Marx tragic & Marx, philosopher of power

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By LUIZ EDUARDO MOTTA*

Presentation of the reunion of two books by Carlos Henrique Escobar

Carlos Henrique Escobar (or Carlos Henrique de Escobar, according to some books and articles) was one of the most representative and prolific Brazilian intellectuals in the context that covers the late 1960s until the mid-1990s. philosophical and political, but also plays (Antigone-America, Ramon: The American Philotetus, The Cement Box, I Killed My Wife ( Althusser's Tragedy), Ana Clytemnestra, among others) and poetry books (Chão por Dentro, A Notícia da Ave, Chave das Águas).

Despite his vast production, in this XNUMXst century his name went to limbo, practically unknown by the new generations and being part of a list of Brazilian authors who lived through heaven and hell in the Brazilian intellectual field, such as Guerreiro Ramos, Nelson Werneck Sodré , Jacob Gorender, Álvaro Vieira Pinto, Manoel Maurício de Albuquerque, and even his political and intellectual foe José Guilherme Merquior, just to name a few.

Born in São Paulo in 1933, Escobar belongs to a generation of intellectuals who were present in the fight against the military dictatorship, most of which associated with Marxist thought. From this generation stand out the names of Fernando Henrique Cardoso, José Arthur Giannotti, Luís Pereira, Maurício Tragtenberg, Ruy Mauro Marini, Theotônio dos Santos, Wanderley Guilherme dos Santos, Leandro Konder, Luiz Werneck Vianna, Sérgio Paulo Rouanet. Added to these names are those of José Guilherme Merquior, Carlos Nelson Coutinho and João Quartim de Moraes, born in the early 1940s, but already in full intellectual activity in the late 1960s.

Escobar's intellectual trajectory can be defined as that of a “marginal”. Together with his brother, he lived on the street, and did not get to enter what we now call high school. His basically self-taught training was done in public libraries. He came to receive the title of “notorious knowledge” granted by UFRJ in 1986. Very young, at the age of 13, he joined the PCB and faced his first prison at the age of 15. His first work was written when he was 17 years old, the play Antigone-America. After moving away from the PCB due to political differences, Escobar married actress and theater producer Ruth Escobar in the late 1950s, and then they went to live for a time in France where he became a student of Maurice Merleau-Ponty.

Upon returning to Brazil in the early 1960s, and already separated from Ruth Escobar, he moved to Rio de Janeiro in 1962 to attend a film course promoted by the Ministry of Foreign Affairs. In his testimony given to me in 1992 when I did my research on the magazines Time Brazilian and Brazilian Civilization, Escobar told me that he lived in a hotel near the Central do Brasil and obtained a UNE card so that he could have lunch and dinner at the Restaurante Central dos Estudantes, also known as “Calabouço”.

In order to survive, and pay the bills, he gave philosophy courses to groups of students (among which Gilberto Velho, Octávio Velho, Moacir Palmeira and Yvonne Maggie participated), whose classes dealt with the work of Sartre. In 1969, Escobar joined the School of Communication at the Federal University of Rio de Janeiro (ECO-UFRJ), from which he left in 1976 and returned in 1986. In addition to |UFRJ, Escobar taught at the (Pontifical Catholic University (PUC- RJ), at Universidade Federal Fluminense (UFF) and Faculdades Integradas Hélio Alonso (FACHA), in addition to teaching in several study groups and philosophy courses in extra-university spaces.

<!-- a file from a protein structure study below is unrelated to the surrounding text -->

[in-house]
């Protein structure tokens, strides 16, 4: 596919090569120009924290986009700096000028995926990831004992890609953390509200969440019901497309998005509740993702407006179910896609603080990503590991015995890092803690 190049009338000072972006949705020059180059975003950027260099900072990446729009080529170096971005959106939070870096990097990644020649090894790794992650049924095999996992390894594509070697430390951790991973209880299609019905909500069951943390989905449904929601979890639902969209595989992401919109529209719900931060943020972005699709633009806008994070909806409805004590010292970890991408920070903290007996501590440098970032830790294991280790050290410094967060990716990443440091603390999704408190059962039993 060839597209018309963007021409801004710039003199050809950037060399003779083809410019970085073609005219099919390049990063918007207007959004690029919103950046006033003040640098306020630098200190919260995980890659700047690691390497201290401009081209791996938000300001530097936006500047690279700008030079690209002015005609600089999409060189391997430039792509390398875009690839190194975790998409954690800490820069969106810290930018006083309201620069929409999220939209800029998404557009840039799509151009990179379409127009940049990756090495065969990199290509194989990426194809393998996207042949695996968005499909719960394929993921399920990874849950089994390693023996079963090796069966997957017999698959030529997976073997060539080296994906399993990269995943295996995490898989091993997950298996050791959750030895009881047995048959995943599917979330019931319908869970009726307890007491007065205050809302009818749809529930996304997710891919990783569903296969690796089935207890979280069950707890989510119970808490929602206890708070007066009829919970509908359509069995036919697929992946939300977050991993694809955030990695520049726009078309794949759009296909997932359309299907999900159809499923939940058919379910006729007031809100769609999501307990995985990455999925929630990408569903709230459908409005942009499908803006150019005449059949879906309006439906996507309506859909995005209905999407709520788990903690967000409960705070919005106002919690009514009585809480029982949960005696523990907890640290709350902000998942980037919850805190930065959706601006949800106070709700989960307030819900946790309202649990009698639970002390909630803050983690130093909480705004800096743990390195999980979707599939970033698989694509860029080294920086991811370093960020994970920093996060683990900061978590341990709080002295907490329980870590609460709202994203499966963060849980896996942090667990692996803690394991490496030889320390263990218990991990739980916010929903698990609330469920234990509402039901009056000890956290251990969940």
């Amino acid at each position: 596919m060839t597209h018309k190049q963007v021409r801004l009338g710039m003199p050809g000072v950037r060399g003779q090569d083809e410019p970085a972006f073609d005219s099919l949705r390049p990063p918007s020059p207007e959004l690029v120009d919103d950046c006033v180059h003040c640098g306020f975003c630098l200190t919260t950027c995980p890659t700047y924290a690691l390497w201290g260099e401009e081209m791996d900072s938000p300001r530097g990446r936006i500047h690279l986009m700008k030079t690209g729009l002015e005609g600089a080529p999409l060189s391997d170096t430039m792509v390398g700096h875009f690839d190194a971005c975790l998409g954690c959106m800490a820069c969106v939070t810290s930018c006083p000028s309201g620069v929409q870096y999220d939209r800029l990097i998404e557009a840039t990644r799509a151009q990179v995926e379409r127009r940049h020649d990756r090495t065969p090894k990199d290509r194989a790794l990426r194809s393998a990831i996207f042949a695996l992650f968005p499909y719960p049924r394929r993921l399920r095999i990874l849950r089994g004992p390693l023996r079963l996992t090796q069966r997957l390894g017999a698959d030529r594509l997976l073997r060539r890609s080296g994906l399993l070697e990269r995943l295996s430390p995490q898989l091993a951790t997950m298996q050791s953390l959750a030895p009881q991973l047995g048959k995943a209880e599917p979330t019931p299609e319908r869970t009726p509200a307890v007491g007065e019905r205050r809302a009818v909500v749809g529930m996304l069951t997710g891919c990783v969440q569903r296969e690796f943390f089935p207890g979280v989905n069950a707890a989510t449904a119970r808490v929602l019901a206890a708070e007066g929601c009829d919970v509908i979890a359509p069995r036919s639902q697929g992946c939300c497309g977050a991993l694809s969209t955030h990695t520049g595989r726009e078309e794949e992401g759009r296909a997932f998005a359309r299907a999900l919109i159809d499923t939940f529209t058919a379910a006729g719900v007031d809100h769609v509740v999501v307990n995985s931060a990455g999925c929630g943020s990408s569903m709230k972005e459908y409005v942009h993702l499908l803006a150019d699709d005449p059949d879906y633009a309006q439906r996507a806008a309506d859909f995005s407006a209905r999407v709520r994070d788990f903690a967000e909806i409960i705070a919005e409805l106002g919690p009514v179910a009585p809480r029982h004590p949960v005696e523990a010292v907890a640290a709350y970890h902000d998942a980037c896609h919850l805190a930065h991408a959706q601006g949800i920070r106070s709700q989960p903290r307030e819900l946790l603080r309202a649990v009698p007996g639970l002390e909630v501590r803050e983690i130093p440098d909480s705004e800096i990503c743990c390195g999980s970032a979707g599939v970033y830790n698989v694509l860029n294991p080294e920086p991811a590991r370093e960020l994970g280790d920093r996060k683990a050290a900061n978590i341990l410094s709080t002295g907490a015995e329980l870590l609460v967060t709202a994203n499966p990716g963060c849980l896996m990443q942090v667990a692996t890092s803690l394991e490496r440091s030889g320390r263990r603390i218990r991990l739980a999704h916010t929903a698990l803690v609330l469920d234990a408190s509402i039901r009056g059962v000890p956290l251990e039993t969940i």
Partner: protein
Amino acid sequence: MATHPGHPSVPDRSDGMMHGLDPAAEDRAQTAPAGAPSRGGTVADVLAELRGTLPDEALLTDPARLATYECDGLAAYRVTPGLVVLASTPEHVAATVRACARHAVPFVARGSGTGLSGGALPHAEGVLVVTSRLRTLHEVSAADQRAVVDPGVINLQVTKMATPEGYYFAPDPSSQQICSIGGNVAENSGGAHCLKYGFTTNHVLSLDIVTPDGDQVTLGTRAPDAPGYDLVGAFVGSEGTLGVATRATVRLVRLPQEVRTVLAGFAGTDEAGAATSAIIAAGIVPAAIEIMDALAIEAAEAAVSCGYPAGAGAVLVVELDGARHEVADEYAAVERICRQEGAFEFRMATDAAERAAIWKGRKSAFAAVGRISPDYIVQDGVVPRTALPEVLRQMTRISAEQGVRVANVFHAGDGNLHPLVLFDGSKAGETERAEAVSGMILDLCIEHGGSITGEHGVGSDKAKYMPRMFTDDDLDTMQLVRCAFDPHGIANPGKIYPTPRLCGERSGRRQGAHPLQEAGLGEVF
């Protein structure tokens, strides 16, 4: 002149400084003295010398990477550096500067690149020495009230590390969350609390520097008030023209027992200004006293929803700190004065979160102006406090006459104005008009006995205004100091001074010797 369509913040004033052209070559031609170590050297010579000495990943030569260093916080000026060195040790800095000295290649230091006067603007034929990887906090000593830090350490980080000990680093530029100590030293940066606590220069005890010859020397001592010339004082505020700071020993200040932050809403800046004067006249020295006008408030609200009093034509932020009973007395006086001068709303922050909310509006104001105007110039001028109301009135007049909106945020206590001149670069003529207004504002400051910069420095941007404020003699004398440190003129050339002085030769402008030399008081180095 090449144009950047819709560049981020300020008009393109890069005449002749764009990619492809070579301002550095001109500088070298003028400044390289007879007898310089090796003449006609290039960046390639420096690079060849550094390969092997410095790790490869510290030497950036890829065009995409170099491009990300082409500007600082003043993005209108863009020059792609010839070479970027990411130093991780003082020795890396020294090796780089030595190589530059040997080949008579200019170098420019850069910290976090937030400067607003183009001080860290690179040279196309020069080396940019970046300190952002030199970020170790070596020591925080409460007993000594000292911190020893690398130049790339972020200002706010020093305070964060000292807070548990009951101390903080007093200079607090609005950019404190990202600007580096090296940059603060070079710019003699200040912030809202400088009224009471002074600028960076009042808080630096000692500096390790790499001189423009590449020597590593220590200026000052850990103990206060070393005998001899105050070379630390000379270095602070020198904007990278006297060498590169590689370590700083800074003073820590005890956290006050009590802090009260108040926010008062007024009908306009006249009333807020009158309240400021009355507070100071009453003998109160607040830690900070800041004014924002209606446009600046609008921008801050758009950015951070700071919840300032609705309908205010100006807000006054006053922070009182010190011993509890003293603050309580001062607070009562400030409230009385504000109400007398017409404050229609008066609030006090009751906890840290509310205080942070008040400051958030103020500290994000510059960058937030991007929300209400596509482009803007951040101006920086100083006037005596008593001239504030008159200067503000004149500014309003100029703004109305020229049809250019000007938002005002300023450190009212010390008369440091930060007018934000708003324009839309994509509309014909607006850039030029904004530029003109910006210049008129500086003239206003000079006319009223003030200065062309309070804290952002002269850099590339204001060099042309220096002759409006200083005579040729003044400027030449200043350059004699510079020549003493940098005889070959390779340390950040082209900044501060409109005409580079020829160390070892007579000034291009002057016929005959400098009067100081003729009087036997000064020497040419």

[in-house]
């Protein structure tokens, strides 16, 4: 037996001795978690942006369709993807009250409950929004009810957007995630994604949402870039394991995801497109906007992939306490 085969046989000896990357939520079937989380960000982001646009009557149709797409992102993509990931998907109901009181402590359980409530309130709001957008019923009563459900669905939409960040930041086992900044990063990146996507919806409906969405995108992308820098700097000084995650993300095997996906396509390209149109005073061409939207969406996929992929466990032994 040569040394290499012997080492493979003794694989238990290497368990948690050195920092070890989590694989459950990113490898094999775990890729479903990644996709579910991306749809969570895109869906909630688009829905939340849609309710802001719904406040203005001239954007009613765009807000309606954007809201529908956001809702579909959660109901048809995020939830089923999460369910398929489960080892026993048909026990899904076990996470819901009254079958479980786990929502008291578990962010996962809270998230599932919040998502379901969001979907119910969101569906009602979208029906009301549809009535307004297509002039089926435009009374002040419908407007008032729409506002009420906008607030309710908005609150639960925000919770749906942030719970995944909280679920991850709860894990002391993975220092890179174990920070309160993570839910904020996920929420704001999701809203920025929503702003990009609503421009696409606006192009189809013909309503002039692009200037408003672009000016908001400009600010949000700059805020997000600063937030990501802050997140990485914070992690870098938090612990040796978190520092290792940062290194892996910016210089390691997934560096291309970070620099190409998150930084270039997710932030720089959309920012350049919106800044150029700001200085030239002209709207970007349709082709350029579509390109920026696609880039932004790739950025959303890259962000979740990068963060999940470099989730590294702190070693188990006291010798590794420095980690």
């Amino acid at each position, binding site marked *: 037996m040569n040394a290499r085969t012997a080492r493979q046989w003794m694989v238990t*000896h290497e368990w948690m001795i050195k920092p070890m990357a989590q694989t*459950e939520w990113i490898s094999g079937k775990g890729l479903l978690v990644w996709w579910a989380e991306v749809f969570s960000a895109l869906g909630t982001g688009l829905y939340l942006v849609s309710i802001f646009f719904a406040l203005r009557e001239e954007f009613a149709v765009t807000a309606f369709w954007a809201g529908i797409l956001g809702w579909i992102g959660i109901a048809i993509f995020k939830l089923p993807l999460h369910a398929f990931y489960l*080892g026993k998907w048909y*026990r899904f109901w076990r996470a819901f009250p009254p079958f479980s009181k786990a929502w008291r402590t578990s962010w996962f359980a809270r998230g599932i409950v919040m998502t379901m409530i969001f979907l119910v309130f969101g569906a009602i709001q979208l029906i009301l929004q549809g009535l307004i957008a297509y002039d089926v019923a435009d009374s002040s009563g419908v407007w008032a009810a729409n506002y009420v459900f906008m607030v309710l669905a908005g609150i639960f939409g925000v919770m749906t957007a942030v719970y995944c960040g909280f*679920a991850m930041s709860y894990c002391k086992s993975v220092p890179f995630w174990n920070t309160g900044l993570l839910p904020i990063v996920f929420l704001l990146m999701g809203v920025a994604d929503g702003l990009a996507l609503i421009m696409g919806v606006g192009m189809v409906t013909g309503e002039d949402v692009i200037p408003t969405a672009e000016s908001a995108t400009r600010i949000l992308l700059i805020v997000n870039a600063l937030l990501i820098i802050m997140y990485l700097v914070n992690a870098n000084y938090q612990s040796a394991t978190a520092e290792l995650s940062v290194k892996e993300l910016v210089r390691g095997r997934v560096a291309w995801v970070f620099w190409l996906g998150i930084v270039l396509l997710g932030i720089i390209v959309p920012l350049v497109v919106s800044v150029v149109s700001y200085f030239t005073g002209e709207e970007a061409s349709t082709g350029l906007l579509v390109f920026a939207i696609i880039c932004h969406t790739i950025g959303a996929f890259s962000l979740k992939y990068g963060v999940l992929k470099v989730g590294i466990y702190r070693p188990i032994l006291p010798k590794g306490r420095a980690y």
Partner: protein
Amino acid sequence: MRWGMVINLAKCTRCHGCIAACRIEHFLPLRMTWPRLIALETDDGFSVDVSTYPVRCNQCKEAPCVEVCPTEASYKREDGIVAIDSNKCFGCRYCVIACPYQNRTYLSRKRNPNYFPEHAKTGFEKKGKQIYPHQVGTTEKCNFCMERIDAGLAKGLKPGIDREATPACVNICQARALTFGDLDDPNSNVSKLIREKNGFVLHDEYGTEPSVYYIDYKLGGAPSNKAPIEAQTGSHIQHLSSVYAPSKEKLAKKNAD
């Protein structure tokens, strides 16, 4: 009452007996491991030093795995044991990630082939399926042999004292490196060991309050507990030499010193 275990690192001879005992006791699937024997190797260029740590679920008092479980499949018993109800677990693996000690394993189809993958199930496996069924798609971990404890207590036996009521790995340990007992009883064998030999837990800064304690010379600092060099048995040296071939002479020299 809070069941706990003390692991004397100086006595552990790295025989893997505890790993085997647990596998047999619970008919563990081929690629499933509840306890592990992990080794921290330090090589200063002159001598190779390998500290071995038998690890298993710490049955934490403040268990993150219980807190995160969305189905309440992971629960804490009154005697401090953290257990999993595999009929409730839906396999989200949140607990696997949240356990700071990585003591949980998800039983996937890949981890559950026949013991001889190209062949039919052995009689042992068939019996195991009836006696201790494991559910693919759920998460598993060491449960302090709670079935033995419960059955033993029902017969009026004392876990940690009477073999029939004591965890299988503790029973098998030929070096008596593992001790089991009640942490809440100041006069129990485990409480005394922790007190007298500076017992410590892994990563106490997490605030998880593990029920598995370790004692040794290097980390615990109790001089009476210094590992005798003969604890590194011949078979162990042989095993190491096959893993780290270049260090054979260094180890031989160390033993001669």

But his name marked the Brazilian intellectual scene when he began to disseminate and defend Louis Althusser's theses on Marx's work. He was, without a doubt, the pioneer in our social formation of Althusser's work, and around him the first generation of intellectuals identified with Althusser's positions of what would come to be called “Grupo Tempo Brasileiro” was formed.[I] The starting point is his article “De um marxismo com Marx” published in number 13/14 of the magazine Brazilian weather in 1966-67. In this article, Escobar summarized the main points addressed by Althusser published in Pour Marx e Lire le Capital, both published in 1965.

Escobar was in tune with the moment in which French Marxism was living, starting with the turnaround given by Althusser with his original reading of Marx's work. However, in this context, Althusser was identified by his critics as a “structuralist” author, and, in a way, Escobar helped to this association with the organization and translation of two books published by Zahar: the structuralist method from 1967 e Structuralism and Marxism of 1968. In addition, he published in the magazine Brazilian weather in number 15-16 of 1968 – entirely dedicated to the theme of French structuralism – his article “Response to Carpeux”, addressed to the text by literary critic Otto Maria Carpeaux “Structuralism is the opiate of literati” published in Brazilian Civilization Magazine no. 14. In this article, Carpeaux condemns the structuralist method of analysis, since, in his view, it is yet another foreign fad within the Brazilian intelligentsia that, not by chance, emerged after the 1964 coup and, thus, has an anti-Brazilian character. revolutionary and anti-historical:

This non-revolutionary and anti-historical despair is no longer limited to Europe. Since October 1962 – Affair from Cuba – invaded extra-European lefts. From April 1964, he infiltrated Brazil. He despairs of the possibility of making history and national existence. It appears as a stabilized structure the status quo social (a vestige of this resignation can be found in the work of Caio Prado Junior). The Brazilian people would have been and would be a people of fellahin, without history like the primitive peoples and even like the Indian tribes of the hinterland Brazilian, whose study was the breeding ground for structuralism by Claude Lévi-Strauss. Structuralism in Brazil means: going back to the origins. And the future, development, is erased.[ii]